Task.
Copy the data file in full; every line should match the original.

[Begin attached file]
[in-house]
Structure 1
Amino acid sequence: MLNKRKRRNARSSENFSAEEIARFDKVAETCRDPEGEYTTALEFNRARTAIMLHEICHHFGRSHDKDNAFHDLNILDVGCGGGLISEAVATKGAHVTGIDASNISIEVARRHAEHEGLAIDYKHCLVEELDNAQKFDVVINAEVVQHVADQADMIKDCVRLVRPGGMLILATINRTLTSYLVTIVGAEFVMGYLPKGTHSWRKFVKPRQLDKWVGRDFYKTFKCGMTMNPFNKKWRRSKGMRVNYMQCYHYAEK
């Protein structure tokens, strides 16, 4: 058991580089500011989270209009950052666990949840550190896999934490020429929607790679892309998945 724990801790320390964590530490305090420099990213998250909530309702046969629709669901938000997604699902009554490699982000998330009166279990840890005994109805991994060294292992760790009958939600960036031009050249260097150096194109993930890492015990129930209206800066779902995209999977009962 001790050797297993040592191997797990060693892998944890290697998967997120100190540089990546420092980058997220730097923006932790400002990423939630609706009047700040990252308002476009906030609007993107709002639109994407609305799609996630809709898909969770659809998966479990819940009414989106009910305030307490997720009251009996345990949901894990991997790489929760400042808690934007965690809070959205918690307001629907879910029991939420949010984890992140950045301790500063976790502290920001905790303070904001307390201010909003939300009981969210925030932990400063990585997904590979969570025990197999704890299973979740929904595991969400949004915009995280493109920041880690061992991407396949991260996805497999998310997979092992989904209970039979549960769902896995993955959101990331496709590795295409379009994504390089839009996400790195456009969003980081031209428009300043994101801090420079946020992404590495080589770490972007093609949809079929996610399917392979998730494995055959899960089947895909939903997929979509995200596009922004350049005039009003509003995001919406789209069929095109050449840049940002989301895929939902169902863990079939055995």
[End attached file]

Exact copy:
[in-house]
Structure 1
Amino acid sequence: MLNKRKRRNARSSENFSAEEIARFDKVAETCRDPEGEYTTALEFNRARTAIMLHEICHHFGRSHDKDNAFHDLNILDVGCGGGLISEAVATKGAHVTGIDASNISIEVARRHAEHEGLAIDYKHCLVEELDNAQKFDVVINAEVVQHVADQADMIKDCVRLVRPGGMLILATINRTLTSYLVTIVGAEFVMGYLPKGTHSWRKFVKPRQLDKWVGRDFYKTFKCGMTMNPFNKKWRRSKGMRVNYMQCYHYAEK
């Protein structure tokens, strides 16, 4: 058991580089500011989270209009950052666990949840550190896999934490020429929607790679892309998945 724990801790320390964590530490305090420099990213998250909530309702046969629709669901938000997604699902009554490699982000998330009166279990840890005994109805991994060294292992760790009958939600960036031009050249260097150096194109993930890492015990129930209206800066779902995209999977009962 001790050797297993040592191997797990060693892998944890290697998967997120100190540089990546420092980058997220730097923006932790400002990423939630609706009047700040990252308002476009906030609007993107709002639109994407609305799609996630809709898909969770659809998966479990819940009414989106009910305030307490997720009251009996345990949901894990991997790489929760400042808690934007965690809070959205918690307001629907879910029991939420949010984890992140950045301790500063976790502290920001905790303070904001307390201010909003939300009981969210925030932990400063990585997904590979969570025990197999704890299973979740929904595991969400949004915009995280493109920041880690061992991407396949991260996805497999998310997979092992989904209970039979549960769902896995993955959101990331496709590795295409379009994504390089839009996400790195456009969003980081031209428009300043994101801090420079946020992404590495080589770490972007093609949809079929996610399917392979998730494995055959899960089947895909939903997929979509995200596009922004350049005039009003509003995001919406789209069929095109050449840049940002989301895929939902169902863990079939055995």